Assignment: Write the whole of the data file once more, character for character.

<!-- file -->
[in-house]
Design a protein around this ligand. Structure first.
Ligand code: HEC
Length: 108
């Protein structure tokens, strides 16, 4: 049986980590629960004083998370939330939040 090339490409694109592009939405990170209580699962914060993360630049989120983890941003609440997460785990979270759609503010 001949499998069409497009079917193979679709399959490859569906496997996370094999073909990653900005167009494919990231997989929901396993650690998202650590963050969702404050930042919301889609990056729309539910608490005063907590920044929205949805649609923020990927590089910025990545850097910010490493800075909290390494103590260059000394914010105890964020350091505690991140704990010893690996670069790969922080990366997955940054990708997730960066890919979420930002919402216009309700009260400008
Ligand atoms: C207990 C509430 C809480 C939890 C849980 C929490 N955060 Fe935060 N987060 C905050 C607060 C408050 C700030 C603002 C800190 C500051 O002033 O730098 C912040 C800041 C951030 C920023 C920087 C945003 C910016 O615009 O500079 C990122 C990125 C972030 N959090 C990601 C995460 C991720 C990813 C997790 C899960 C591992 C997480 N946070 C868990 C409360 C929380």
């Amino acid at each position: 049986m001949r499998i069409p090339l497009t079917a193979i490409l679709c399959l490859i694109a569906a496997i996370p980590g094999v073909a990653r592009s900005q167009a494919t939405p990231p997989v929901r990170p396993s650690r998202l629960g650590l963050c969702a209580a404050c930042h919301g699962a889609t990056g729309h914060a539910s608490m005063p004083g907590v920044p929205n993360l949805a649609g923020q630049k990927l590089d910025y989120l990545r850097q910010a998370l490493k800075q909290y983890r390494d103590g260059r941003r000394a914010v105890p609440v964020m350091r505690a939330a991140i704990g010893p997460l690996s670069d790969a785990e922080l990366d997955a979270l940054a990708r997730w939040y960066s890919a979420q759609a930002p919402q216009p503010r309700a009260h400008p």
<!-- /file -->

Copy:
[in-house]
Design a protein around this ligand. Structure first.
Ligand code: HEC
Length: 108
């Protein structure tokens, strides 16, 4: 049986980590629960004083998370939330939040 090339490409694109592009939405990170209580699962914060993360630049989120983890941003609440997460785990979270759609503010 001949499998069409497009079917193979679709399959490859569906496997996370094999073909990653900005167009494919990231997989929901396993650690998202650590963050969702404050930042919301889609990056729309539910608490005063907590920044929205949805649609923020990927590089910025990545850097910010490493800075909290390494103590260059000394914010105890964020350091505690991140704990010893690996670069790969922080990366997955940054990708997730960066890919979420930002919402216009309700009260400008
Ligand atoms: C207990 C509430 C809480 C939890 C849980 C929490 N955060 Fe935060 N987060 C905050 C607060 C408050 C700030 C603002 C800190 C500051 O002033 O730098 C912040 C800041 C951030 C920023 C920087 C945003 C910016 O615009 O500079 C990122 C990125 C972030 N959090 C990601 C995460 C991720 C990813 C997790 C899960 C591992 C997480 N946070 C868990 C409360 C929380």
């Amino acid at each position: 049986m001949r499998i069409p090339l497009t079917a193979i490409l679709c399959l490859i694109a569906a496997i996370p980590g094999v073909a990653r592009s900005q167009a494919t939405p990231p997989v929901r990170p396993s650690r998202l629960g650590l963050c969702a209580a404050c930042h919301g699962a889609t990056g729309h914060a539910s608490m005063p004083g907590v920044p929205n993360l949805a649609g923020q630049k990927l590089d910025y989120l990545r850097q910010a998370l490493k800075q909290y983890r390494d103590g260059r941003r000394a914010v105890p609440v964020m350091r505690a939330a991140i704990g010893p997460l690996s670069d790969a785990e922080l990366d997955a979270l940054a990708r997730w939040y960066s890919a979420q759609a930002p919402q216009p503010r309700a009260h400008p």